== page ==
A chap I spoke to the other day was of the opinion that savers were wrong to ‘expect free money’ from a bank simply for possessing savings. We then moved on to the EU, and he posited the theory that the EU was the reason there had not been a war in Europe since 1945.

I disagreed. Here’s what I said:

‘My dear chap, firstly, savers do not ‘expect’ to get more money simply by possessing money. They lend money to a bank in return for a small rate of interest. This protects them from theft and ensures that their money doesn’t depreciate in real terms relative to the rate of inflation. The banks then use this raised capital to fund projects that earn considerably more than the rate of inflation, thereby generating profit. This is why banks are so keen to attract new customers with special deals on accounts. If I lent you, say, ten thousand pounds so that you could embark upon some higher risk venture and make a high return on my money, would it not be reasonable to expect you to pay me at least some small rate of return so that, at the very least, I am not losing money in real terms?’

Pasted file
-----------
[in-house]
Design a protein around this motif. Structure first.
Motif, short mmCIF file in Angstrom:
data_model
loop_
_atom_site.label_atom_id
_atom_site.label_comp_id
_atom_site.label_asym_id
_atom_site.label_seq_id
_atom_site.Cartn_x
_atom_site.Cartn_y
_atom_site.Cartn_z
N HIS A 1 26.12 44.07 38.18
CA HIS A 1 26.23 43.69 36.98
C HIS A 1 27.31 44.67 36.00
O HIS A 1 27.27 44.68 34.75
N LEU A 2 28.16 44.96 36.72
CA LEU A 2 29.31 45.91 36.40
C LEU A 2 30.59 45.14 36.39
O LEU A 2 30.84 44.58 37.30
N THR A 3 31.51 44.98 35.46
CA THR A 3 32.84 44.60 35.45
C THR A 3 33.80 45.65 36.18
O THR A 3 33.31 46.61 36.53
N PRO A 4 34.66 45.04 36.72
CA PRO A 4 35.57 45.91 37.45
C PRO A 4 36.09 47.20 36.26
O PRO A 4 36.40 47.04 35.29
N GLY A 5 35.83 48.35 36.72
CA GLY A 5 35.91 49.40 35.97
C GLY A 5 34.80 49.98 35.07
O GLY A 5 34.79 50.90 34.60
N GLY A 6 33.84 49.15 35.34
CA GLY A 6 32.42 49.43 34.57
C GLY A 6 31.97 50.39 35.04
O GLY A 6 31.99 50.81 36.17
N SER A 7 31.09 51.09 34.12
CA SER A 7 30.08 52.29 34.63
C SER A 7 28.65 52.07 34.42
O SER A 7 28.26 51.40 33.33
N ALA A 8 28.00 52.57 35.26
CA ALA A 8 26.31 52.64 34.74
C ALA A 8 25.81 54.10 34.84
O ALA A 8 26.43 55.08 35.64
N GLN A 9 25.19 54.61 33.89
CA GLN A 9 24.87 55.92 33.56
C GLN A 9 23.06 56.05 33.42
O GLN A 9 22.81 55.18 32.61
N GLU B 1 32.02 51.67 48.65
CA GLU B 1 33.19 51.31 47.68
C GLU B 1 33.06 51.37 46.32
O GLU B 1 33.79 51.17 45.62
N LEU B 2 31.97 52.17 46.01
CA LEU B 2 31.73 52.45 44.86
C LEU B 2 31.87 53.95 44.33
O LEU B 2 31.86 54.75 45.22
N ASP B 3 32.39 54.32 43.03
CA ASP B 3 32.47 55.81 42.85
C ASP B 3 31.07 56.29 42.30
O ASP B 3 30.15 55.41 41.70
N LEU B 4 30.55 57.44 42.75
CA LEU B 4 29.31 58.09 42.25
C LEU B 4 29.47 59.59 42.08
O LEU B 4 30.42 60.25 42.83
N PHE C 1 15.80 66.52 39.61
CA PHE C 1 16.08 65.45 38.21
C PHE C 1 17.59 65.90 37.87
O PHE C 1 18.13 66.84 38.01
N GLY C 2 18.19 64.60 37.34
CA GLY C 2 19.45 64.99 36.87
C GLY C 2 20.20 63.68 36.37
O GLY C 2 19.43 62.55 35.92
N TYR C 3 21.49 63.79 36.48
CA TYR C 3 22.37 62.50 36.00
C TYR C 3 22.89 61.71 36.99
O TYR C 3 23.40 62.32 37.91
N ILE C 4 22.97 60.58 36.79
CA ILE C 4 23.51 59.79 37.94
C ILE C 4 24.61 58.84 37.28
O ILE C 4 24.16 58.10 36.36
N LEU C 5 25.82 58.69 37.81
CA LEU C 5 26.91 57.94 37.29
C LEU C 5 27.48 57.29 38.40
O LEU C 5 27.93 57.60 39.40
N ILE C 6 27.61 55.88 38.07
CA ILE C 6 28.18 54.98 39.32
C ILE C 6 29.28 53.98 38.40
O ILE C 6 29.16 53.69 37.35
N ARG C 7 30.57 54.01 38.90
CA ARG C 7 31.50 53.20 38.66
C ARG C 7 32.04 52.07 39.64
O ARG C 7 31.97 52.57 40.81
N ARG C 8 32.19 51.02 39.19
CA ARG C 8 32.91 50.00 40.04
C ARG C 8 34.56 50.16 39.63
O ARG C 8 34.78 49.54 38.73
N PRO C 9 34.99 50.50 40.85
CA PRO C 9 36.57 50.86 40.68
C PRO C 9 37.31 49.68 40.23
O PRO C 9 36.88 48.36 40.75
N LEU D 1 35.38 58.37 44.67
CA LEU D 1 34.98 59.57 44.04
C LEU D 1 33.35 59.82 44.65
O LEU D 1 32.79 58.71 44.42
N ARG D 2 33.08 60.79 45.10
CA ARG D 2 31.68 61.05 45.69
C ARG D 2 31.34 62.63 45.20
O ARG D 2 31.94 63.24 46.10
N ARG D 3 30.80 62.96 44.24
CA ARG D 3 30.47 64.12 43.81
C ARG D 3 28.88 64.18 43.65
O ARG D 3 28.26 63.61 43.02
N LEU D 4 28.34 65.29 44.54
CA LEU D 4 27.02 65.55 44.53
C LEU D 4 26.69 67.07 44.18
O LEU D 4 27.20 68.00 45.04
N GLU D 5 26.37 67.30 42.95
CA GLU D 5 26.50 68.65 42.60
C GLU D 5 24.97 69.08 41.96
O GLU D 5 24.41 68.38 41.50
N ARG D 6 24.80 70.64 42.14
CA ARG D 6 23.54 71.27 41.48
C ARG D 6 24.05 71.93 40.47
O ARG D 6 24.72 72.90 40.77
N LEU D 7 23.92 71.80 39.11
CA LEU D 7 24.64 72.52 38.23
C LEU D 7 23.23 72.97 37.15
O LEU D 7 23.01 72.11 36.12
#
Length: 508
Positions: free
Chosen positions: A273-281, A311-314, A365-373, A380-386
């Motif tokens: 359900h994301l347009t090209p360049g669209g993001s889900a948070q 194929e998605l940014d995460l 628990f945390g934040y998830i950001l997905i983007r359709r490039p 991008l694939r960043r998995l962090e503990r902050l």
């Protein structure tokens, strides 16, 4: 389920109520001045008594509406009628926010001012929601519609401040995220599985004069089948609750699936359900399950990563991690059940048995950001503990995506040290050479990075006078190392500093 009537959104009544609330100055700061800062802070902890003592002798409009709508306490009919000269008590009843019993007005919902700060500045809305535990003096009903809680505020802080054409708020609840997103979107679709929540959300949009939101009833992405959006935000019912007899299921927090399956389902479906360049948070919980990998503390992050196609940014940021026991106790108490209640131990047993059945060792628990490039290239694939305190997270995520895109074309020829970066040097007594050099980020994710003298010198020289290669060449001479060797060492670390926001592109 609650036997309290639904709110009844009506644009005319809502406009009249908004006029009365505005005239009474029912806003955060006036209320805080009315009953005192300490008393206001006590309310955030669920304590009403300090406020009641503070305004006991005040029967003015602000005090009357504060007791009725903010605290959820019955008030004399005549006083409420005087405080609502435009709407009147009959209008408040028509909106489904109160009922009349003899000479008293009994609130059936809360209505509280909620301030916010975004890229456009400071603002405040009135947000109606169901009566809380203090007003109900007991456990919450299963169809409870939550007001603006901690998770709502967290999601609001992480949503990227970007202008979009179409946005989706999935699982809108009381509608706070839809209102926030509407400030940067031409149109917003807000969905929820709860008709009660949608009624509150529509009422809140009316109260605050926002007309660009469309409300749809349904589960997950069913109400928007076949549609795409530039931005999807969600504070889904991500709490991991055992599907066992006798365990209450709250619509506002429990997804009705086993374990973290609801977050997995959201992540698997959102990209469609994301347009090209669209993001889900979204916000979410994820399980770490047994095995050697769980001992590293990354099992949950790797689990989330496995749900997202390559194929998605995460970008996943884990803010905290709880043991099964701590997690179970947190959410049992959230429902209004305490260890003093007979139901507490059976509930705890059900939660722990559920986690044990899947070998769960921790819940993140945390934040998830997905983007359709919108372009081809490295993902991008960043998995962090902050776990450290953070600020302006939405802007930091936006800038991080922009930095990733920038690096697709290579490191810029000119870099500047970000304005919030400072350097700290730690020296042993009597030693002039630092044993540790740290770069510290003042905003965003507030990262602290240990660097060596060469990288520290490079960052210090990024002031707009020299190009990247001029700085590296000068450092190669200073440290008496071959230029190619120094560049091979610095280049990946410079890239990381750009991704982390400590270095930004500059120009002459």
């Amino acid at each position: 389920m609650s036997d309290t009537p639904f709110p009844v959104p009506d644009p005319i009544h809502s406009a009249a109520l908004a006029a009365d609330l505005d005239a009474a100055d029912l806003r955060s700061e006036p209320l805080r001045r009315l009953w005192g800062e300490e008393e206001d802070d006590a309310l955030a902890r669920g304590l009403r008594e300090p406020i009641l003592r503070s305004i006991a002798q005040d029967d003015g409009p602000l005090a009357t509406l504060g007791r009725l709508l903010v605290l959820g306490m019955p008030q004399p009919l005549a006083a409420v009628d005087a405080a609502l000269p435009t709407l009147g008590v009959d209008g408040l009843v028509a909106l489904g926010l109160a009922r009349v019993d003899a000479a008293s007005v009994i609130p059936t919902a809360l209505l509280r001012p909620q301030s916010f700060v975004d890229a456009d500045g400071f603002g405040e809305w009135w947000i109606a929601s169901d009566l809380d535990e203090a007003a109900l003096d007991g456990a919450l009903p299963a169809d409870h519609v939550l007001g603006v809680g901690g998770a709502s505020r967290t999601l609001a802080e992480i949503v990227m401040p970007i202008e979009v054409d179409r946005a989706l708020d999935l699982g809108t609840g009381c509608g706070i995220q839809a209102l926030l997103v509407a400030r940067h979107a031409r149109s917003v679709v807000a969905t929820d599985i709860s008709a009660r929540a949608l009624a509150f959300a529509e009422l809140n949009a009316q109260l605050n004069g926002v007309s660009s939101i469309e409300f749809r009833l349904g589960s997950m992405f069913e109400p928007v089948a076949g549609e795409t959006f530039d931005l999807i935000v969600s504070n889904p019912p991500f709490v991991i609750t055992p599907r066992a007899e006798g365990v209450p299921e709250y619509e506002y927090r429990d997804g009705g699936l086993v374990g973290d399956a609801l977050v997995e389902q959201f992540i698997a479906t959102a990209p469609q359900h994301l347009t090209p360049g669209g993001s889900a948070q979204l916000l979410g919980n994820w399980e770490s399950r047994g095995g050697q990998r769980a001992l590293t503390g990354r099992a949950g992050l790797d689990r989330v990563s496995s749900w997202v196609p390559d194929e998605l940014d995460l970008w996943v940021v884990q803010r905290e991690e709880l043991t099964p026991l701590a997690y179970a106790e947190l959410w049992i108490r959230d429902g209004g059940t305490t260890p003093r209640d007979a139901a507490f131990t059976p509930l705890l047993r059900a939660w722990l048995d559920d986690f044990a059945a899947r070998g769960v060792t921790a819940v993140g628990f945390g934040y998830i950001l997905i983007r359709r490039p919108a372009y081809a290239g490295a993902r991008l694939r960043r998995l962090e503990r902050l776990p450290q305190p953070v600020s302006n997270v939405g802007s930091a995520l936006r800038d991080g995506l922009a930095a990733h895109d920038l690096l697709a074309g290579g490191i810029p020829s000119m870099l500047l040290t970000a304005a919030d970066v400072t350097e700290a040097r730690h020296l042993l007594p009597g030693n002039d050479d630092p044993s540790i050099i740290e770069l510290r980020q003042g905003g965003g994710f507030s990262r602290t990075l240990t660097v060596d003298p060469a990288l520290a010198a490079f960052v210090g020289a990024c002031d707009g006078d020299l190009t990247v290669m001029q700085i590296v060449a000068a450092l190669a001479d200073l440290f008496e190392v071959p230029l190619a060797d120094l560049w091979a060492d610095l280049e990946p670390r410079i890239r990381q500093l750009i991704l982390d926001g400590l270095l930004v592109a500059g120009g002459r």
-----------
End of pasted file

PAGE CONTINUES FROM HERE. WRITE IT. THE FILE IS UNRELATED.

He remained unconvinced.

Ah well.

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